On Doing the Undone Things

by Rachael on June 6, 2017

There is so much that I have neglected to do (letters I should have written, poems I want to finish, things I ought to give away or throw away or find a place for in my home, in my life) because to do these things would be to trigger anxiety. The undone things settle around me like sediment at the bottom of a pond — the gunk and dead leaves I don’t want to touch with the bottoms of my feet.

I don’t want to live like this, in the midst of gunk I can’t stand to touch, but just to begin to take care of the undone things is to stir things up. What had been tamped-down anxiety becomes anxiety that I wade through, that I breathe, that runs like static through my veins.

But just to begin seems to be the worst part. I find that I actually can wade through the anxiety, breathe it in, and find an opening. The energy of the anxiety is transformed into a kind of buoyancy, sometimes even exuberance.

And the only way to get to that opening is to go through the barrier — again, and again, and again.

Photo credit: Ehud Neuhaus


On My Mind: WTF Is Happening to My Country

by Rachael on June 1, 2017

These days my pinned tweet says “WTF is happening to my country is the biggest open loop draining my psyche rn,” and recently I found myself wasting so much time trying to close this loop that I’ve set up the Freedom app so that I cannot look at social media or the news for most of the day. How foolish I am to try to close an open loop on the Internet of all places, especially on Twitter, my favorite poison, where the general theme is mostly OMG we’re all going to die. And yet much of what I have found here on the Internet has been a help to me in recent months.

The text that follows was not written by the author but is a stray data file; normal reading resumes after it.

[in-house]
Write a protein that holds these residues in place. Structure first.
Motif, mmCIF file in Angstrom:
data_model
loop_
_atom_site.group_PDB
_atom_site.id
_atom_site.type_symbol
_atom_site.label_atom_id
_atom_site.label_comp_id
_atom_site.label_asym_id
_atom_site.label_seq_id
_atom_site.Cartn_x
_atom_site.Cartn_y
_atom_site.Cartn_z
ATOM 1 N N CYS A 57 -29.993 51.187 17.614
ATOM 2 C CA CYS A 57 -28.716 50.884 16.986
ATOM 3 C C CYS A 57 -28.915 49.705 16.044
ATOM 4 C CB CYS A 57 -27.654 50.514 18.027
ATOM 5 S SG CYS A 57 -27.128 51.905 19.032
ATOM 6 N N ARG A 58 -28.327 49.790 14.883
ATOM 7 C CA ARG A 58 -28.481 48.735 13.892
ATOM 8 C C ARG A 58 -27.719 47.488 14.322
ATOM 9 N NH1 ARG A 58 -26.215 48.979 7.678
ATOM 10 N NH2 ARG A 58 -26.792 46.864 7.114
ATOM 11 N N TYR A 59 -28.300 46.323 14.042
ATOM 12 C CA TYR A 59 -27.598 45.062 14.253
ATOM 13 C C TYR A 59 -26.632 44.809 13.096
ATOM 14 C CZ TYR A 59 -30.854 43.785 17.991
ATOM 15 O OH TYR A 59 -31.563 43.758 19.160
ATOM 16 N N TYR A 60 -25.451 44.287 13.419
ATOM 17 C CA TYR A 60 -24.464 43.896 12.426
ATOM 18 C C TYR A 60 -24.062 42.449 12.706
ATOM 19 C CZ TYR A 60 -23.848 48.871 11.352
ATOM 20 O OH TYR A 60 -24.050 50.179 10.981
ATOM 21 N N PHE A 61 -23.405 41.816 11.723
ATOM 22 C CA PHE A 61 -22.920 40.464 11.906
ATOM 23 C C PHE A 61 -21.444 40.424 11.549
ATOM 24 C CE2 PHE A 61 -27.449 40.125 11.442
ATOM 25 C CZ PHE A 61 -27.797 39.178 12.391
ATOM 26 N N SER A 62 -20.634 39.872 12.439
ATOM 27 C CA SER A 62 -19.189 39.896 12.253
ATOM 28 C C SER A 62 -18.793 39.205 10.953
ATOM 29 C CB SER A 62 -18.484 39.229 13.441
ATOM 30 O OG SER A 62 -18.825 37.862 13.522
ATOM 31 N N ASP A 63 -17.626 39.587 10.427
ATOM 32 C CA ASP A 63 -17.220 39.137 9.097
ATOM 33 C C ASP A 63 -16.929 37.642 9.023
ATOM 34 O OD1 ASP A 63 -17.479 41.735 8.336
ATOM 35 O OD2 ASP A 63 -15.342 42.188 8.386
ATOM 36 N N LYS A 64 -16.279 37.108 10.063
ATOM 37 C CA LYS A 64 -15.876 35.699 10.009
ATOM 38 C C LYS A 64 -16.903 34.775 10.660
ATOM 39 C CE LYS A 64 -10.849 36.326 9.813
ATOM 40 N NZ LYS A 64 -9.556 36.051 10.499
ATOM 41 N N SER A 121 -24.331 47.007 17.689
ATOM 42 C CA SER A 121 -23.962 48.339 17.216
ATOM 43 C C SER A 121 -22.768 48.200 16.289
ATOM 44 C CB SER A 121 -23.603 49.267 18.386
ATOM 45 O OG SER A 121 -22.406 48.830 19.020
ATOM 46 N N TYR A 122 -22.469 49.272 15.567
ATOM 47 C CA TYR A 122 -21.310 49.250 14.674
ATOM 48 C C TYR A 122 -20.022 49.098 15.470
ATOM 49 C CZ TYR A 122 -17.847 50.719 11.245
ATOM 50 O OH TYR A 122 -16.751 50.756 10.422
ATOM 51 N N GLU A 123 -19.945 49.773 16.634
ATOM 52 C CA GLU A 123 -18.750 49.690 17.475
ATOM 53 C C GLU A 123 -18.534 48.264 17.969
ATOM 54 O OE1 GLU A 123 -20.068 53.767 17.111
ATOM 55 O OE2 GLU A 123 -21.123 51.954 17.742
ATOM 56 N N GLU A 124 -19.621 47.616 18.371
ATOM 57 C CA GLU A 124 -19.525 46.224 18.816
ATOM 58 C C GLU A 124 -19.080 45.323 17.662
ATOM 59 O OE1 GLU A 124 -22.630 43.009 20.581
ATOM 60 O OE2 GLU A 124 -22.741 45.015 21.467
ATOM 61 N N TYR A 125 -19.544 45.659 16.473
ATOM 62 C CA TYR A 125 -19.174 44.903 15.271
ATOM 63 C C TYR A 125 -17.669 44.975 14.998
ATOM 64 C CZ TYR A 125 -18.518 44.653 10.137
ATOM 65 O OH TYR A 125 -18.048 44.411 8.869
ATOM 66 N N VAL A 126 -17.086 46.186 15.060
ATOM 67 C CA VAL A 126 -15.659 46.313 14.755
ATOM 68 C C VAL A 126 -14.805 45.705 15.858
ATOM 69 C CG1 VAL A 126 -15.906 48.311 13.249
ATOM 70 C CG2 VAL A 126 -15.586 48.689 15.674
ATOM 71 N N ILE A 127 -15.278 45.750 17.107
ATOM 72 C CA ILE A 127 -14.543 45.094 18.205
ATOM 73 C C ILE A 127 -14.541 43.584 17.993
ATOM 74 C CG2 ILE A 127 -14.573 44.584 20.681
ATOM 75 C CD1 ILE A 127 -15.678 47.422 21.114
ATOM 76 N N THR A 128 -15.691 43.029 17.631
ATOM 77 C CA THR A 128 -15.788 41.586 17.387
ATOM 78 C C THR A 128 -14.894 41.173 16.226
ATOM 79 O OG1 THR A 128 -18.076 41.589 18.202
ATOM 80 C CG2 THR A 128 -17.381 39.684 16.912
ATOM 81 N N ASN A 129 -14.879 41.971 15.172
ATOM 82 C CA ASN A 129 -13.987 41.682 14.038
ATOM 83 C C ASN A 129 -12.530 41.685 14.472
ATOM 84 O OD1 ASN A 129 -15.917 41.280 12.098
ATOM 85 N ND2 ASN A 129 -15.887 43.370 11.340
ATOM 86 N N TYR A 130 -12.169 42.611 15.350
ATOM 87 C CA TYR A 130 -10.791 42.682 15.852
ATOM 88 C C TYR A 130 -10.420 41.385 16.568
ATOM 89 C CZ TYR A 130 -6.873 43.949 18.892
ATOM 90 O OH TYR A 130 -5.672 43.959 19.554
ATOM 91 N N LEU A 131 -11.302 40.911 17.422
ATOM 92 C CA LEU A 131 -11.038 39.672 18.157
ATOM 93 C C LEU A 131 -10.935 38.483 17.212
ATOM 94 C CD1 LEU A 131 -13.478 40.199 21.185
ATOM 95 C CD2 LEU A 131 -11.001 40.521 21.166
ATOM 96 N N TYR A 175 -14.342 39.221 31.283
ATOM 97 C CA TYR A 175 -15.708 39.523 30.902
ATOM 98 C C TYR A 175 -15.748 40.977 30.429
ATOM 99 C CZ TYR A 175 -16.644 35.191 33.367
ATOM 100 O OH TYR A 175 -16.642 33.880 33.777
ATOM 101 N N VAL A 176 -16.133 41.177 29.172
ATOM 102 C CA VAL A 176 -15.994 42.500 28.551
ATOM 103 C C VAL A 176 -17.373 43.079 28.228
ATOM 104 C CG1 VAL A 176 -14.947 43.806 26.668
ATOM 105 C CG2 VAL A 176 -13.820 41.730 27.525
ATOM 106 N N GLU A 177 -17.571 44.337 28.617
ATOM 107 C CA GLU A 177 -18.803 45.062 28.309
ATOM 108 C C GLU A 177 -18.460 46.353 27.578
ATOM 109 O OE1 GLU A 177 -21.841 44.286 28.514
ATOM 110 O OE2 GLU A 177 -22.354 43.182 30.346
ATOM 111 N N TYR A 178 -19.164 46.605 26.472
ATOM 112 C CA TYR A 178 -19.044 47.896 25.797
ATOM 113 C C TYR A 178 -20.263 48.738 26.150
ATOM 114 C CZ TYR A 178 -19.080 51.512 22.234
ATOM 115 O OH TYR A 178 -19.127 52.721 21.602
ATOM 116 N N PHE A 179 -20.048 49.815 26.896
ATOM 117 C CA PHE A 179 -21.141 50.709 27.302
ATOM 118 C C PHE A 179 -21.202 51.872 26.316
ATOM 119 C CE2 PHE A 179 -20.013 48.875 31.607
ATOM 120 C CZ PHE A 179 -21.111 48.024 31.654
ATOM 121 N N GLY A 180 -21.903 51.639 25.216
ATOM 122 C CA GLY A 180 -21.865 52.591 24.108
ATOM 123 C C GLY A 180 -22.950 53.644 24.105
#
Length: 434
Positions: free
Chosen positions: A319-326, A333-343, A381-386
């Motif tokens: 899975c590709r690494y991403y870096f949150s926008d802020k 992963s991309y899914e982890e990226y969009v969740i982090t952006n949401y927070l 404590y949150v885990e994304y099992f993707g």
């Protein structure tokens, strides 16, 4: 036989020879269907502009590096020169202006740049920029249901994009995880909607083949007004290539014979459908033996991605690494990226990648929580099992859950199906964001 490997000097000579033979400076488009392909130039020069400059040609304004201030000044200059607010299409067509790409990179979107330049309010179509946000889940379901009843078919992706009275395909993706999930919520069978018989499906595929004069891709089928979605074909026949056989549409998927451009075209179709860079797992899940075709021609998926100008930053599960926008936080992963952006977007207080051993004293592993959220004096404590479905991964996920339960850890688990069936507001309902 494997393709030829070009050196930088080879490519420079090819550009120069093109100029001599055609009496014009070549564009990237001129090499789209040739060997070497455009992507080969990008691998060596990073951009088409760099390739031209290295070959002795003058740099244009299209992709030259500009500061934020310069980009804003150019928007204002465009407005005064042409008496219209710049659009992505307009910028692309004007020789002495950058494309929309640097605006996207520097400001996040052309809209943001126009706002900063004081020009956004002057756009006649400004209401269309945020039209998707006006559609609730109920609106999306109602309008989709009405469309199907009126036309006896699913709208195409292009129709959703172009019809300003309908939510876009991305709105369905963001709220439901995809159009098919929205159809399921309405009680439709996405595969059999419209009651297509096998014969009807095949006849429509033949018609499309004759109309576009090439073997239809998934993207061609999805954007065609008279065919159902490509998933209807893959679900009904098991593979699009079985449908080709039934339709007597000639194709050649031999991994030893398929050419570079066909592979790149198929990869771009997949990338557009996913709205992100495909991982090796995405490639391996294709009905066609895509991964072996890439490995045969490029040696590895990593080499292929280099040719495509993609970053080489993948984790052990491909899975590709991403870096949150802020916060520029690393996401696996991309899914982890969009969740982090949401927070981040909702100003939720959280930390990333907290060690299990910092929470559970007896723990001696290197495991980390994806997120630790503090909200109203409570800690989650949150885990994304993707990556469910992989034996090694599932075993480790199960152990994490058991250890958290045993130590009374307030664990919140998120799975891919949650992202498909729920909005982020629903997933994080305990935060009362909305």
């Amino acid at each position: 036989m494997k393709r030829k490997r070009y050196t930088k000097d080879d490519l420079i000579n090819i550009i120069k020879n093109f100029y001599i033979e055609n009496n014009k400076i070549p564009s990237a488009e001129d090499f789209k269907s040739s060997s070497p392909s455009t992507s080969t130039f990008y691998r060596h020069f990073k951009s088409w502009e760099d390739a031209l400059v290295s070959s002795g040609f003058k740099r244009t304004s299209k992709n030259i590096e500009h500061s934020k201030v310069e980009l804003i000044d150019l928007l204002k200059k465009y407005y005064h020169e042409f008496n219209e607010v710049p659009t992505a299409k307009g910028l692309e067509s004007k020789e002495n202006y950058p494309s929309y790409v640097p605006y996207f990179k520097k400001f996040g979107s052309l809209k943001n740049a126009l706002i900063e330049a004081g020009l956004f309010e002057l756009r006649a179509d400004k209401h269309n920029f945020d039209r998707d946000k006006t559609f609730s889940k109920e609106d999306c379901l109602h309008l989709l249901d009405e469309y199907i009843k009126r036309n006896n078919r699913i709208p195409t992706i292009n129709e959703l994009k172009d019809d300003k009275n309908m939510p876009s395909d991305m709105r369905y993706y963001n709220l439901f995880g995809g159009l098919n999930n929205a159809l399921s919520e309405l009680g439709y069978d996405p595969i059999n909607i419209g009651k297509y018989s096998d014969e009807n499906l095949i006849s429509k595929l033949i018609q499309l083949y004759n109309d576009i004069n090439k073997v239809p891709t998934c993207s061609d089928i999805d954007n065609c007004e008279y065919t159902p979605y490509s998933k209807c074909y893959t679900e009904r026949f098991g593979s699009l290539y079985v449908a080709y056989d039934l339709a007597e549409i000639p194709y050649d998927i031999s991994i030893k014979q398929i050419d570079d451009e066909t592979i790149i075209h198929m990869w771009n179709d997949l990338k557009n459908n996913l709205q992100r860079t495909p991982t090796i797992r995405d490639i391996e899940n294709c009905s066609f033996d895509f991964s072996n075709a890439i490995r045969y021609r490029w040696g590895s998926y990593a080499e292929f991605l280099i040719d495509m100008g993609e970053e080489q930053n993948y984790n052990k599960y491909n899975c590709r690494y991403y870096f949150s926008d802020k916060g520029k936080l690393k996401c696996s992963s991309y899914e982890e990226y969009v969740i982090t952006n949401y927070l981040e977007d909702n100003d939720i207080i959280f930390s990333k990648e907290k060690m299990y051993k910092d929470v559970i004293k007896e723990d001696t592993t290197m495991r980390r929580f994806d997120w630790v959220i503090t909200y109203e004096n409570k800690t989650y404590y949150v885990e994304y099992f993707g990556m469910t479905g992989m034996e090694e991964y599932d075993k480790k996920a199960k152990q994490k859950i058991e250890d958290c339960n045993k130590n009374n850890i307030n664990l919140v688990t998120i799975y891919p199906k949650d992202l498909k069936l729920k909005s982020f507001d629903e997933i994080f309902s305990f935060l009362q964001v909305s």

I’ve Been Reading Ecclesiastes (not originally an Internet find, of course, but I most recently read it here) reminds us that nothing is new under the sun. Masha Gessen advises on how to survive an autocracy; in particular, her counsel to “remember the future” is a touchstone for how best to make our way through the present. (The Twenty-fifth Amendment is not going to save us; nor do I think it should, for example.) Alyssa Rosenberg cautions against calling basic civics “resistance,” which is why I keep promising myself that the kind of work I’m doing now with Indivisible is work I will be doing for the rest of my life. More recently, Rebecca Solnit tells us that equality keeps us honest, whereas inequality creates liars and delusion.

I’ve Been Listening Last summer Alex Goldman and PJ Vogt answered the phone for 48 hours straight; in November the resulting episode of Reply All restored some of my faith in humanity. Yesterday on Trumpcast, Virginia Heffernan and Jared Yates Sexton discussed covfefe, postmodernism, and whether we should just “surrender to the gibberish” (of course not).

On Twitter Recently I was marveling at the freedom with which my kids draw and wondering what happens to that freedom for most of us adults, and then I remembered Josh Marshall’s freewheeling drawings on Twitter. Follow him for his astute analysis of our national politics, as well as for the adventures of Red Pen Guy and Randolph the Dog.